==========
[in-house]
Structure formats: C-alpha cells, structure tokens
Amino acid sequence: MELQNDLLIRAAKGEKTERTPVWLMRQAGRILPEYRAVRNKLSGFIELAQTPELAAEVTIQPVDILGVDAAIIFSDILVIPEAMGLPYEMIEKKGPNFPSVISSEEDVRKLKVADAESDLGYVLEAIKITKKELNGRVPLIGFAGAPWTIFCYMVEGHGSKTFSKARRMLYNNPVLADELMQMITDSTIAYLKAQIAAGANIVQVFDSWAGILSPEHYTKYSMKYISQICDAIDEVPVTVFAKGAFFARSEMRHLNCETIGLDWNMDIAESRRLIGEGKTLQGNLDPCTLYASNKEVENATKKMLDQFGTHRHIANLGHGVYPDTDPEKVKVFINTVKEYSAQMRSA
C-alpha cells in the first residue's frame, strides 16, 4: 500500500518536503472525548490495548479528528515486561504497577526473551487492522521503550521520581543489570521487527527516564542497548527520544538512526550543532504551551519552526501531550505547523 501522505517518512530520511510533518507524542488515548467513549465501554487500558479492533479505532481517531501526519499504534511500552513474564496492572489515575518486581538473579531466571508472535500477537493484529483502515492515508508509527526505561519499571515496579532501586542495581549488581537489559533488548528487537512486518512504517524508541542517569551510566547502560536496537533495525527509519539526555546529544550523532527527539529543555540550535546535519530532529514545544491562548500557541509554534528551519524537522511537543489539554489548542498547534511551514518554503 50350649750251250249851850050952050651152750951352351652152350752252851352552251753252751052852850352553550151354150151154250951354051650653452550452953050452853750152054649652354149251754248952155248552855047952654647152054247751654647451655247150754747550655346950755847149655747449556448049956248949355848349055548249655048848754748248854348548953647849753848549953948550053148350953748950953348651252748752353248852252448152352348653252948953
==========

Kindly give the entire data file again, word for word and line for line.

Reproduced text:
[in-house]
Structure formats: C-alpha cells, structure tokens
Amino acid sequence: MELQNDLLIRAAKGEKTERTPVWLMRQAGRILPEYRAVRNKLSGFIELAQTPELAAEVTIQPVDILGVDAAIIFSDILVIPEAMGLPYEMIEKKGPNFPSVISSEEDVRKLKVADAESDLGYVLEAIKITKKELNGRVPLIGFAGAPWTIFCYMVEGHGSKTFSKARRMLYNNPVLADELMQMITDSTIAYLKAQIAAGANIVQVFDSWAGILSPEHYTKYSMKYISQICDAIDEVPVTVFAKGAFFARSEMRHLNCETIGLDWNMDIAESRRLIGEGKTLQGNLDPCTLYASNKEVENATKKMLDQFGTHRHIANLGHGVYPDTDPEKVKVFINTVKEYSAQMRSA
C-alpha cells in the first residue's frame, strides 16, 4: 500500500518536503472525548490495548479528528515486561504497577526473551487492522521503550521520581543489570521487527527516564542497548527520544538512526550543532504551551519552526501531550505547523 501522505517518512530520511510533518507524542488515548467513549465501554487500558479492533479505532481517531501526519499504534511500552513474564496492572489515575518486581538473579531466571508472535500477537493484529483502515492515508508509527526505561519499571515496579532501586542495581549488581537489559533488548528487537512486518512504517524508541542517569551510566547502560536496537533495525527509519539526555546529544550523532527527539529543555540550535546535519530532529514545544491562548500557541509554534528551519524537522511537543489539554489548542498547534511551514518554503 50350649750251250249851850050952050651152750951352351652152350752252851352552251753252751052852850352553550151354150151154250951354051650653452550452953050452853750152054649652354149251754248952155248552855047952654647152054247751654647451655247150754747550655346950755847149655747449556448049956248949355848349055548249655048848754748248854348548953647849753848549953948550053148350953748950953348651252748752353248852252448152352348653252948953